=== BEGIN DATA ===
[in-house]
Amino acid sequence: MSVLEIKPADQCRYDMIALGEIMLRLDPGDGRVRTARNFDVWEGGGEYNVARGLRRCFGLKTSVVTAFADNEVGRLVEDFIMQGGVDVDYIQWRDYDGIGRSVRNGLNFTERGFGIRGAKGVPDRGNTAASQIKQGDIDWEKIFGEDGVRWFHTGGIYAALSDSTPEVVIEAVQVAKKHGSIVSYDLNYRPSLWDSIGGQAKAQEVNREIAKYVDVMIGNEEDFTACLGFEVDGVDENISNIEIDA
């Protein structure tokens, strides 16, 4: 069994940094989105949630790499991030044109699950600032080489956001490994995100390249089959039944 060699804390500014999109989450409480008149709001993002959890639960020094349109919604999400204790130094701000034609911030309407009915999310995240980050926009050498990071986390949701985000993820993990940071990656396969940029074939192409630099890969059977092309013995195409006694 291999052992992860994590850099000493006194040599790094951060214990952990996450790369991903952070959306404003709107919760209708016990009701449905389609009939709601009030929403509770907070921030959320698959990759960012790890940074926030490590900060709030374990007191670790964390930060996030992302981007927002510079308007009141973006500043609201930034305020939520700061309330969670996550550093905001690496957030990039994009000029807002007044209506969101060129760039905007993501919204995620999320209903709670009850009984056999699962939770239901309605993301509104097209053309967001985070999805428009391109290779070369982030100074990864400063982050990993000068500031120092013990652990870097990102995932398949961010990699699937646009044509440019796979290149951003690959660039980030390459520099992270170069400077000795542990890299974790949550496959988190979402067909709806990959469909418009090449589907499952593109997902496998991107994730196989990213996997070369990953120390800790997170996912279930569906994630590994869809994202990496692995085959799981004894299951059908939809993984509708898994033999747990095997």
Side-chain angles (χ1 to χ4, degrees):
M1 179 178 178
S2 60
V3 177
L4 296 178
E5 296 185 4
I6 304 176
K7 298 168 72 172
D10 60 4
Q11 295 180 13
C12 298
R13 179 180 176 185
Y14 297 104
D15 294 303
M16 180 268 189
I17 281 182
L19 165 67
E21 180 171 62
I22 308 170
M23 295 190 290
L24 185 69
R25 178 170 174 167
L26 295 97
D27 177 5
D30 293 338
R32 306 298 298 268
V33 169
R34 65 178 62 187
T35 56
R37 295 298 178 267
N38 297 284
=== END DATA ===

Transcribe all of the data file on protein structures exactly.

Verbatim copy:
[in-house]
Amino acid sequence: MSVLEIKPADQCRYDMIALGEIMLRLDPGDGRVRTARNFDVWEGGGEYNVARGLRRCFGLKTSVVTAFADNEVGRLVEDFIMQGGVDVDYIQWRDYDGIGRSVRNGLNFTERGFGIRGAKGVPDRGNTAASQIKQGDIDWEKIFGEDGVRWFHTGGIYAALSDSTPEVVIEAVQVAKKHGSIVSYDLNYRPSLWDSIGGQAKAQEVNREIAKYVDVMIGNEEDFTACLGFEVDGVDENISNIEIDA
């Protein structure tokens, strides 16, 4: 069994940094989105949630790499991030044109699950600032080489956001490994995100390249089959039944 060699804390500014999109989450409480008149709001993002959890639960020094349109919604999400204790130094701000034609911030309407009915999310995240980050926009050498990071986390949701985000993820993990940071990656396969940029074939192409630099890969059977092309013995195409006694 291999052992992860994590850099000493006194040599790094951060214990952990996450790369991903952070959306404003709107919760209708016990009701449905389609009939709601009030929403509770907070921030959320698959990759960012790890940074926030490590900060709030374990007191670790964390930060996030992302981007927002510079308007009141973006500043609201930034305020939520700061309330969670996550550093905001690496957030990039994009000029807002007044209506969101060129760039905007993501919204995620999320209903709670009850009984056999699962939770239901309605993301509104097209053309967001985070999805428009391109290779070369982030100074990864400063982050990993000068500031120092013990652990870097990102995932398949961010990699699937646009044509440019796979290149951003690959660039980030390459520099992270170069400077000795542990890299974790949550496959988190979402067909709806990959469909418009090449589907499952593109997902496998991107994730196989990213996997070369990953120390800790997170996912279930569906994630590994869809994202990496692995085959799981004894299951059908939809993984509708898994033999747990095997």
Side-chain angles (χ1 to χ4, degrees):
M1 179 178 178
S2 60
V3 177
L4 296 178
E5 296 185 4
I6 304 176
K7 298 168 72 172
D10 60 4
Q11 295 180 13
C12 298
R13 179 180 176 185
Y14 297 104
D15 294 303
M16 180 268 189
I17 281 182
L19 165 67
E21 180 171 62
I22 308 170
M23 295 190 290
L24 185 69
R25 178 170 174 167
L26 295 97
D27 177 5
D30 293 338
R32 306 298 298 268
V33 169
R34 65 178 62 187
T35 56
R37 295 298 178 267
N38 297 284